Philosophy of Educational Leadership
Philosophy of Educational Leadership

Philosophy of Educational Leadership

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  • Pages: 2 (966 words)
  • Published: November 5, 2021
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Introduction

According to Ball (2013), each child is a unique individual who needs a caring, secure, and motivating atmosphere to enable them grow and mature intellectually, socially, physically, and also emotionally. It is my core aim to help students realize their fullest potential in learning by providing an environment that encourages risk-taking and stimulates sharing of ideas and also a safe environment. I believe there are three elements conducive for establishing such environment; the instructor acting as a guide, enhancing respect for all things and people, giving child curiosity to direct his or her learning.

When the teacher’s duty is to offer guidance, providing access to the necessary information rather than acting as the primary source, the student need for knowledge is met as they research to find answers to their questions Brown (1971). To construct knowledge, the student needs the opportunity to discover for themselves and learn to practice skills and experience in authentic situations. Ensuring student’s access hand on activities and allowing enough time and space to use materials that promote the lesson being studied provides an opportunity for personal discovery and construction knowledge to occur. As a teacher, I have a vision of a world where people learn to accept, respect and enhance the differences between us, as the objective of what makes life so fascinating.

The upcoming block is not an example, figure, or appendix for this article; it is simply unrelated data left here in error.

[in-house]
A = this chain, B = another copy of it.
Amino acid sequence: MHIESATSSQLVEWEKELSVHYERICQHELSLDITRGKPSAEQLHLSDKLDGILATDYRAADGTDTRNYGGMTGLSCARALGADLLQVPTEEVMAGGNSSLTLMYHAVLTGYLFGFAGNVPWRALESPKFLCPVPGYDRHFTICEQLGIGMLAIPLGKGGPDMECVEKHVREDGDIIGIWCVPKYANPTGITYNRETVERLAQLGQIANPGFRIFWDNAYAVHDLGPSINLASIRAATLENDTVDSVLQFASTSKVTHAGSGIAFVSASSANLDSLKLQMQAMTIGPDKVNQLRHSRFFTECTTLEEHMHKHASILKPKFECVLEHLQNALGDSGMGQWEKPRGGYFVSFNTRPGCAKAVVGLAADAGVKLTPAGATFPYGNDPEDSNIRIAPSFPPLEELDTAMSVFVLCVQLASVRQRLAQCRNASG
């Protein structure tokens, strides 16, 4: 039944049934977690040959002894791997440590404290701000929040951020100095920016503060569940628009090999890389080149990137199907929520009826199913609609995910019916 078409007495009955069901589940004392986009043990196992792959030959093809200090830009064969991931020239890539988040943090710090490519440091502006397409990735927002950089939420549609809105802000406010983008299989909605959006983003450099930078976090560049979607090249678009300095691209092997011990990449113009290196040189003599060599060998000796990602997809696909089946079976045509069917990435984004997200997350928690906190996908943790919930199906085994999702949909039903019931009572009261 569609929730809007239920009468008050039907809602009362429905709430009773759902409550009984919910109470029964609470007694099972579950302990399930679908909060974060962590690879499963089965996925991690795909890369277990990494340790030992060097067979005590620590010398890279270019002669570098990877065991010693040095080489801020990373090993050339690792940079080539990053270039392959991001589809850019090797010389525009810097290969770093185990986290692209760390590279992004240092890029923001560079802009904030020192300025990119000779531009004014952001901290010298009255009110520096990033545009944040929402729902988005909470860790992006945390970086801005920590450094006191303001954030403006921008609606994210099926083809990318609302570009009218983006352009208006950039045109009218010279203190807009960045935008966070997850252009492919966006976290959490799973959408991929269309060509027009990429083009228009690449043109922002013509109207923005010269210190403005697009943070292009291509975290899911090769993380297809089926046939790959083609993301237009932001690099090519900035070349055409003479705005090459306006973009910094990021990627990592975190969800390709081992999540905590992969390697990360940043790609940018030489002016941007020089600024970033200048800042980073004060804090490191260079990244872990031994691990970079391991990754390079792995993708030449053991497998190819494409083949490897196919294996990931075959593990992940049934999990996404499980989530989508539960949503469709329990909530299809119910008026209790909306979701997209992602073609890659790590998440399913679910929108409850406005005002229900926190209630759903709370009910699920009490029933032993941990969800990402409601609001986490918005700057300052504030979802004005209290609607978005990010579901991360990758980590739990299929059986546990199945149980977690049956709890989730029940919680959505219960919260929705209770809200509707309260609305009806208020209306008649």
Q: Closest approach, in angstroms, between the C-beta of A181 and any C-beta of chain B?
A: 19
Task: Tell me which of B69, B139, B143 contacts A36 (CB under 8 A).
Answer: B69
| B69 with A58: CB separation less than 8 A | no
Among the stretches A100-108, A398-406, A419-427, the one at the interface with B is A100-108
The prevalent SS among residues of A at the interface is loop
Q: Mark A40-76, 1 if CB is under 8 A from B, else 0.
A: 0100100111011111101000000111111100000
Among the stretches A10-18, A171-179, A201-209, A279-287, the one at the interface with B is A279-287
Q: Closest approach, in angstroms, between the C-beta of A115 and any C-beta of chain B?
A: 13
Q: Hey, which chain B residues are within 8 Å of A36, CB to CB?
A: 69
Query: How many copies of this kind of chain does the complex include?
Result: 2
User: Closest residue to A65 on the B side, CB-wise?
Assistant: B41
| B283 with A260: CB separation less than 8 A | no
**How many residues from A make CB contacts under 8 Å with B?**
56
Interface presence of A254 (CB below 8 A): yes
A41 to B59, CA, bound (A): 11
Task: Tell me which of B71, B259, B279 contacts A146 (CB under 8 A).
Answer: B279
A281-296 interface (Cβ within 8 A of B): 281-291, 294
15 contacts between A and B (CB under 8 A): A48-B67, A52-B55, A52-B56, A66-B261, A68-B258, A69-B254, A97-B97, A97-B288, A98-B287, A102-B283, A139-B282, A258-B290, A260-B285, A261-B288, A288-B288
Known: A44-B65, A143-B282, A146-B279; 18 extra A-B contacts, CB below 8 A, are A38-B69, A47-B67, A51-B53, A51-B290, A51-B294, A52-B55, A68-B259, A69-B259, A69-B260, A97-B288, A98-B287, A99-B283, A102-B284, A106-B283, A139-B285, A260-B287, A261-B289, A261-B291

Educating young minds is a role that needs not to be taken lightly. It is full of frust

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ration, challenges, and responsibilities. However, it is a duty full of wonder, joy, and excitement. In fact all students are capable of learning and discovering new ideas, after proper direction and motivation from their teachers. According to Borg & Gall (1984), a teacher needs to be aware of motivation, behavior, learning, and development theories so as to relate to children and push them to realize their goals. The classroom must be arranged according to the task undertaken or the subject that is being taught; this enables smooth learning and conducive environment Blake et al. 2008. As a teacher I am obligated to make sure that students are provided with the balanced diet to avoid malnutrition, this disorder destructs the normal learning since the students spend much of their time in the hospital. For efficiency, students in boarding school need to be provided with proper shelter and beddings to avoid discomfort.

Equally, self-discovery provides the opportunity to study contents that are meaningful and important to one’s life and interests. Improving a curriculum within the student’s interests promotes intrinsic motivation and enhances the urge to learn. One way to take learning in the direction corresponding to interests of the students is by allowing students dialogue about the lessons and units of study. Given a chance for input, students come up with ideas and set goals that make for many important activities than one could have made or imagined. When students are given the opportunity to own curriculum, they are motivated to work hard and notice the skills required to reach they goals. According to Kohli (2013).Every classroom portrays a unique environment for the learner that varies not only in abilities but als